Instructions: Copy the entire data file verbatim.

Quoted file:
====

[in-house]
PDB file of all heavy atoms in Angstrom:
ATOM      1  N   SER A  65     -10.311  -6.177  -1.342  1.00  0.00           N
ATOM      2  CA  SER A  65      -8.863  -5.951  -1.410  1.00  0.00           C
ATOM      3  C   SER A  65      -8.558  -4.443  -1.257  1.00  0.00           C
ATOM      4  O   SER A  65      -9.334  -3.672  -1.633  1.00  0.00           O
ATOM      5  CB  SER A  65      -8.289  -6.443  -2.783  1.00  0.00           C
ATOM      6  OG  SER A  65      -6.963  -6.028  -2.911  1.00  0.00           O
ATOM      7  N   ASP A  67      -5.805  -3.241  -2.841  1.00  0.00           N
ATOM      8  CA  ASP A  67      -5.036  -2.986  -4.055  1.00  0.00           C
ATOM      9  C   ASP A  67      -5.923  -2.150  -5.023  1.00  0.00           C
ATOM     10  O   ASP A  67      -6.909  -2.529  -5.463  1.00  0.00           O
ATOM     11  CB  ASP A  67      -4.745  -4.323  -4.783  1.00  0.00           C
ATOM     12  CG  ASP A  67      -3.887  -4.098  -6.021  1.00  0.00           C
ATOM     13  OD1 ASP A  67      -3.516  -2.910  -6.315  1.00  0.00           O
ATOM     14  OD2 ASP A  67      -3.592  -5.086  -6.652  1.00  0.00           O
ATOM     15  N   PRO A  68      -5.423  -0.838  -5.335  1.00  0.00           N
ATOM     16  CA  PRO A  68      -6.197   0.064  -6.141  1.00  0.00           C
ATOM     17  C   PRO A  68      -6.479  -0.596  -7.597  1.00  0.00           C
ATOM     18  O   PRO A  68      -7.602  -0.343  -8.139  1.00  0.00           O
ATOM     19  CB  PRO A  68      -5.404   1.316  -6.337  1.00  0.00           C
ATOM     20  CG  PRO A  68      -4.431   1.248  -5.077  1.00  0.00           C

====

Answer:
[in-house]
PDB file of all heavy atoms in Angstrom:
ATOM      1  N   SER A  65     -10.311  -6.177  -1.342  1.00  0.00           N
ATOM      2  CA  SER A  65      -8.863  -5.951  -1.410  1.00  0.00           C
ATOM      3  C   SER A  65      -8.558  -4.443  -1.257  1.00  0.00           C
ATOM      4  O   SER A  65      -9.334  -3.672  -1.633  1.00  0.00           O
ATOM      5  CB  SER A  65      -8.289  -6.443  -2.783  1.00  0.00           C
ATOM      6  OG  SER A  65      -6.963  -6.028  -2.911  1.00  0.00           O
ATOM      7  N   ASP A  67      -5.805  -3.241  -2.841  1.00  0.00           N
ATOM      8  CA  ASP A  67      -5.036  -2.986  -4.055  1.00  0.00           C
ATOM      9  C   ASP A  67      -5.923  -2.150  -5.023  1.00  0.00           C
ATOM     10  O   ASP A  67      -6.909  -2.529  -5.463  1.00  0.00           O
ATOM     11  CB  ASP A  67      -4.745  -4.323  -4.783  1.00  0.00           C
ATOM     12  CG  ASP A  67      -3.887  -4.098  -6.021  1.00  0.00           C
ATOM     13  OD1 ASP A  67      -3.516  -2.910  -6.315  1.00  0.00           O
ATOM     14  OD2 ASP A  67      -3.592  -5.086  -6.652  1.00  0.00           O
ATOM     15  N   PRO A  68      -5.423  -0.838  -5.335  1.00  0.00           N
ATOM     16  CA  PRO A  68      -6.197   0.064  -6.141  1.00  0.00           C
ATOM     17  C   PRO A  68      -6.479  -0.596  -7.597  1.00  0.00           C
ATOM     18  O   PRO A  68      -7.602  -0.343  -8.139  1.00  0.00           O
ATOM     19  CB  PRO A  68      -5.404   1.316  -6.337  1.00  0.00           C
ATOM     20  CG  PRO A  68      -4.431   1.248  -5.077  1.00  0.00           C